Thursday, January 29, 2009

Bonds Erratic… Losing Control?

TIPS 10-Year Breakeven Rate Climbs to 1% on Inflation Concern

By Dakin Campbell

Jan. 29 (Bloomberg) -- The difference between 10-year Treasury Inflation Protected Securities and nominal Treasuries rose to one percent for the first time in more than three months as traders brace for government-induced inflation.

Inflation concern is increasing as policy makers look to boost government spending and expand Federal Reserve lending to counter the worst economic slowdown in 25 years. President Barack Obama’s $819 billion stimulus package, which does not include an estimated $1 trillion bank-rescue plan, may soon be passed by Congress. Thirty-year bond yields have risen 82 basis points this month to 3.5 percent as investors shy away from government securities most sensitive to inflation.

“There’s no question that there has been a change in investor sentiment,” said Nils Overdahl, a bond-fund manager at New Century in Bethesda, Maryland, which oversees $500 million. “The amount of money being printed and the amount of debt being monetized right now is something you have to pay attention to.”

The difference between 10-year TIPS and Treasury notes, the so-called breakeven rate, increased 11 basis points, or 0.11 percentage point, to 1 percent at 1:26 p.m. in New York. The yield gap, a reflection of traders’ expectations for inflation over the life of the security, was as low as minus 0.08 percent Nov. 20. It was last at 1 percent on Nov. 10.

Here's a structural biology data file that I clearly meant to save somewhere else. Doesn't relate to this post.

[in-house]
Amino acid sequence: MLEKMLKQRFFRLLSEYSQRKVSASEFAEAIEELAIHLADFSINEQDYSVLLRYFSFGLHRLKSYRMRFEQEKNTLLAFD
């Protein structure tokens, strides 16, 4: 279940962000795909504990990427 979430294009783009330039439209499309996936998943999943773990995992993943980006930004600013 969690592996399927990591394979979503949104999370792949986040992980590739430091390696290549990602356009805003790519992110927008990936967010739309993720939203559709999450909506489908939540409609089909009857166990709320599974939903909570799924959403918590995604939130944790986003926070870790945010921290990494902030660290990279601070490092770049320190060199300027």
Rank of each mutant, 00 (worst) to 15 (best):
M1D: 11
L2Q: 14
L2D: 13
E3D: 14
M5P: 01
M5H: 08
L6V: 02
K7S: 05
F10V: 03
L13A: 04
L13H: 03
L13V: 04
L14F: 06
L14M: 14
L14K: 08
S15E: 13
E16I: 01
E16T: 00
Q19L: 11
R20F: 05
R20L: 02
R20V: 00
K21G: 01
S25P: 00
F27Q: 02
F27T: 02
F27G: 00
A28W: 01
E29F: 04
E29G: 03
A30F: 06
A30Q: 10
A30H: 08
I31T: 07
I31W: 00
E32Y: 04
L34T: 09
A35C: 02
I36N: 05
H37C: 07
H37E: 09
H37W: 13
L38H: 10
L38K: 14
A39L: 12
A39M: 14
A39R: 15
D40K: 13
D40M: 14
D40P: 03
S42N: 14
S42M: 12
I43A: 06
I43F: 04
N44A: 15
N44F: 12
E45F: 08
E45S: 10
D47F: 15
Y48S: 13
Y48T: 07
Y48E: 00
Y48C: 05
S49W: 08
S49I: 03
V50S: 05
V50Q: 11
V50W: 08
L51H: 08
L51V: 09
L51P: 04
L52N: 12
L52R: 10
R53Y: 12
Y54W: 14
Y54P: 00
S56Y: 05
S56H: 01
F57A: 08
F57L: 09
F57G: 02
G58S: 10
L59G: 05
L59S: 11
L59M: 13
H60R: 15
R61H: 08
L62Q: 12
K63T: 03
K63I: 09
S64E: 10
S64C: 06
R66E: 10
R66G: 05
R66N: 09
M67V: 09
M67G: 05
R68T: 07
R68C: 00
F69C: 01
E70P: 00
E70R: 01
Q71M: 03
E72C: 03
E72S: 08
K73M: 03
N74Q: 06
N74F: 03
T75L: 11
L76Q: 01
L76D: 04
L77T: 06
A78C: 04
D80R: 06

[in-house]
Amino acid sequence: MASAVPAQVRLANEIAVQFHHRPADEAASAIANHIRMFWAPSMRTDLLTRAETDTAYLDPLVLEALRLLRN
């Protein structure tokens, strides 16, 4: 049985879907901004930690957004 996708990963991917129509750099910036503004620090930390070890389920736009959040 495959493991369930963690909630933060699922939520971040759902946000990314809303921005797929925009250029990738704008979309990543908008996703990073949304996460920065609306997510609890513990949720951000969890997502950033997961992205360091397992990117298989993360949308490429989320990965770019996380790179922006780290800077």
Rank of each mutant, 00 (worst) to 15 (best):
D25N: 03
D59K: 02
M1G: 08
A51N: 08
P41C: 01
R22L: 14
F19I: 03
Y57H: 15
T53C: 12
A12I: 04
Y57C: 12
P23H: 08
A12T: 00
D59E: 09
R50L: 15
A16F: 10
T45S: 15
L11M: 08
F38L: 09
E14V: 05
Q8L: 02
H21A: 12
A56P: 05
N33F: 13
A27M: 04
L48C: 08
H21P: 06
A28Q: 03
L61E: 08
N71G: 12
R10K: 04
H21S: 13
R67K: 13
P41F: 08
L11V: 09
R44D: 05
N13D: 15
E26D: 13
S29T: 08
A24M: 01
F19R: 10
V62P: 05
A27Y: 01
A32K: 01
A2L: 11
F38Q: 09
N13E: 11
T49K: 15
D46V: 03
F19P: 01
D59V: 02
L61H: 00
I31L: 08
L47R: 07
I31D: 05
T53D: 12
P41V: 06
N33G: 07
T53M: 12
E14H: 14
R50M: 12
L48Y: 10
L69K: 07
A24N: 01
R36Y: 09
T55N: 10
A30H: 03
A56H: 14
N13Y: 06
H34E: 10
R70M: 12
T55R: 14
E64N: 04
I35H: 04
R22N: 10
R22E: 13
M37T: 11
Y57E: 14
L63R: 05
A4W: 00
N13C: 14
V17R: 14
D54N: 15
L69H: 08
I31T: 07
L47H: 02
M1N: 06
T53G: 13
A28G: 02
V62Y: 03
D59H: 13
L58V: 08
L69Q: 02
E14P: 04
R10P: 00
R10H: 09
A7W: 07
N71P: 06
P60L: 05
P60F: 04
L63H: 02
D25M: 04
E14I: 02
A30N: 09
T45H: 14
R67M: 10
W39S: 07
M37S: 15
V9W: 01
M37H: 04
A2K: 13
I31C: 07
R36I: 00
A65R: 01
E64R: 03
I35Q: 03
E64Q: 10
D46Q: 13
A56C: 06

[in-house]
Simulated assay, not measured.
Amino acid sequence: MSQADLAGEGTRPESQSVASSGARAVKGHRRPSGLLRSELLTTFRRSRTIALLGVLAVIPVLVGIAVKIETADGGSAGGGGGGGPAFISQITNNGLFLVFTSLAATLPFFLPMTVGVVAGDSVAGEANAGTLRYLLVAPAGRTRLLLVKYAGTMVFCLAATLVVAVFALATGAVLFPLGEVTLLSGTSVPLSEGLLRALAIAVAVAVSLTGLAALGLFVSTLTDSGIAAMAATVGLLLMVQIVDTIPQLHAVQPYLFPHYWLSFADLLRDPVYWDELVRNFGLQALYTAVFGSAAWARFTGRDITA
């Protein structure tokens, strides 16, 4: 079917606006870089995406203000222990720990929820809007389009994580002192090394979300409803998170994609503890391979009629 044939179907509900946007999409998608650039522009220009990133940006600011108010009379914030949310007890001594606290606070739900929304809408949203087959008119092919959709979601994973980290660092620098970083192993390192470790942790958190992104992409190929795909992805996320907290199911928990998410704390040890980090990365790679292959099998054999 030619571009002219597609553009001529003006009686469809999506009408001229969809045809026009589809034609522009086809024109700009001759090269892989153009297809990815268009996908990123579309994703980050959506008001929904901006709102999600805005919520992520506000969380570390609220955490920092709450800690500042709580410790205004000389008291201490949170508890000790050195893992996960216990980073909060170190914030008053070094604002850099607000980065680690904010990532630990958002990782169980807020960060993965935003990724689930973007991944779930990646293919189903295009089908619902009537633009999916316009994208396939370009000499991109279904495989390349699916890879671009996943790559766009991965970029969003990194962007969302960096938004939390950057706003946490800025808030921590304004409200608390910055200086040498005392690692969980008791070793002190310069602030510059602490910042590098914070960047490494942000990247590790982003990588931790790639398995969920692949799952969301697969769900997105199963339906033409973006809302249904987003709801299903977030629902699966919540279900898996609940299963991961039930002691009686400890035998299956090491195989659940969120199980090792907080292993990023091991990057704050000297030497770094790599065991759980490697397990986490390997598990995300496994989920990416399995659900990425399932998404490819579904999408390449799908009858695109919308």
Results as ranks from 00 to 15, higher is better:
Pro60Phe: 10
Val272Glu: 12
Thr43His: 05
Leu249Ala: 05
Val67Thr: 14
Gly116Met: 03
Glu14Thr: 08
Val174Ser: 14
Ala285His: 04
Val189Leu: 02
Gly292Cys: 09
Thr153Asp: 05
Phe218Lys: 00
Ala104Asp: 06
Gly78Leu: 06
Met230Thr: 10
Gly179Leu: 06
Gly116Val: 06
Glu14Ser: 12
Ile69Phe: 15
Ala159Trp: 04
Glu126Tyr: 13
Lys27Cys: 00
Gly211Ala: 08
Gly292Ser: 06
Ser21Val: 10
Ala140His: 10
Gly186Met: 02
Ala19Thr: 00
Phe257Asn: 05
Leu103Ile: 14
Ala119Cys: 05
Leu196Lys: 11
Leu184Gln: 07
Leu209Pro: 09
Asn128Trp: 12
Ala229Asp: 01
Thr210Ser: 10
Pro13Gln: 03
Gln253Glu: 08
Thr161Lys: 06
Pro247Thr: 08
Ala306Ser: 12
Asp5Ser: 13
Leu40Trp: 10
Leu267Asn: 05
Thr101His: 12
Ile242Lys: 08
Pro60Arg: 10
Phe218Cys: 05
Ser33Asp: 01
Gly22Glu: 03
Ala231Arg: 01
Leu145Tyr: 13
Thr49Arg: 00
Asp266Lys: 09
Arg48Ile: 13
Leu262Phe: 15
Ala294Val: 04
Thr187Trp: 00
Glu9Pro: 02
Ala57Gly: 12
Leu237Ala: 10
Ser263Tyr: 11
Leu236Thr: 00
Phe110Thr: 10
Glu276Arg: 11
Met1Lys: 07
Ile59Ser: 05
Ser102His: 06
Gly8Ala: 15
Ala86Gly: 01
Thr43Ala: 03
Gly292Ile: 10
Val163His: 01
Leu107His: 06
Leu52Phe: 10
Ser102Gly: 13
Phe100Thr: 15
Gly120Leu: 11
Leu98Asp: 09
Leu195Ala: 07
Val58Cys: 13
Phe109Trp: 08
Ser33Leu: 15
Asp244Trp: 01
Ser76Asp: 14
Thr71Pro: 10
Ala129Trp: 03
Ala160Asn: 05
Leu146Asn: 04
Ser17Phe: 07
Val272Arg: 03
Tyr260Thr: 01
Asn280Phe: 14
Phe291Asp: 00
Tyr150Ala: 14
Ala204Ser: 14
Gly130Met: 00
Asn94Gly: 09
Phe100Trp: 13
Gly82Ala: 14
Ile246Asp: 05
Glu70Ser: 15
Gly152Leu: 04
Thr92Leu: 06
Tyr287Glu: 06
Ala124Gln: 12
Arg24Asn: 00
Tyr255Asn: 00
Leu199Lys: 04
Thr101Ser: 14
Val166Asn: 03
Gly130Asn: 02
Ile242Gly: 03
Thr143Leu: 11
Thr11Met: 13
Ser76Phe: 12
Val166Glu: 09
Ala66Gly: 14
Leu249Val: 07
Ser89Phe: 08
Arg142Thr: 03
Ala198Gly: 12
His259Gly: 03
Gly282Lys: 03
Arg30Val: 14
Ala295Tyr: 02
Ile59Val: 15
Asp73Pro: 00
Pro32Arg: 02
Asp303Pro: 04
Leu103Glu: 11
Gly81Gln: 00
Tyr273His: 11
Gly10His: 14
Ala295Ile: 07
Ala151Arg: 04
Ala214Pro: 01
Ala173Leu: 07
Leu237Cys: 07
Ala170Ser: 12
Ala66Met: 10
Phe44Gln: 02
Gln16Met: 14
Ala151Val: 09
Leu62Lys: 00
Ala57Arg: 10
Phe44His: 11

They may have “tools,” but they are standing naked in a TSUNAMI while trying to use them.

Guys, this is bad, as in real bad. TLT is bent on going down the back side of that parabolic curve and is collapsing in a classic parabolic collapse:

Here’s the TNX (10 year)… launching above the 50 day average and running into the upper Bollinger band. Up nearly 5% today!

And look at the IRX (3 month)… up above the upper Bollinger and rising.

While rates are still low, this is a powerful thrust, one that has to have the Fed very nervous. As the entire curve shifts higher, interest rates go up, exactly what is not needed and exactly what happened during the Great Depression. Ignore the charts if you want, I think TLT is fulfilling that 3 peaks and a domed house pattern.

Here’s Mike Larson’s latest take:
Hate to say I told you so, but ...

The Treasury bond market continues to collapse under its own weight. The long bond futures are down ANOTHER 28/32 as I write, extending recent losses to around 15 points in price. In fact, this month is shaping up to be the worst month for the Treasury market going all the way back to April 2004, according to Bloomberg.

Not only did the Fed fail to live up to expectations that it would immediately (or very shortly) start buying Treasuries, but demand for the latest flood of 5-year notes also came in weak. The Treasury sold $30 billion of 5s today at a yield of 1.82%, above pre-auction talk of 1.8%. The bid-to-cover ratio also came in weak at 1.98 (the lowest since September and before that, May). Indirect bidding was the only bright spot, with 34.9% of the notes sold going to that group (which includes foreign buyers).
The real ugly? I’ll give Denninger credit for pointing out this pattern again this morning… that’s a pennant on the weekly SPX chart. The top of that staff is at 1,313, the bottom at 714… that’s 599 points. If it breaks downwards, the expected direction for such a formation, you would be looking at a target of… get this… less than 300!

Ah, Well... we can always HOPE that it breaks the wrong way, but bonds and stocks selling off in concert is a clue that all is not well. Hello, is there anybody out there?

Pink Floyd - Is There Anybody Out There?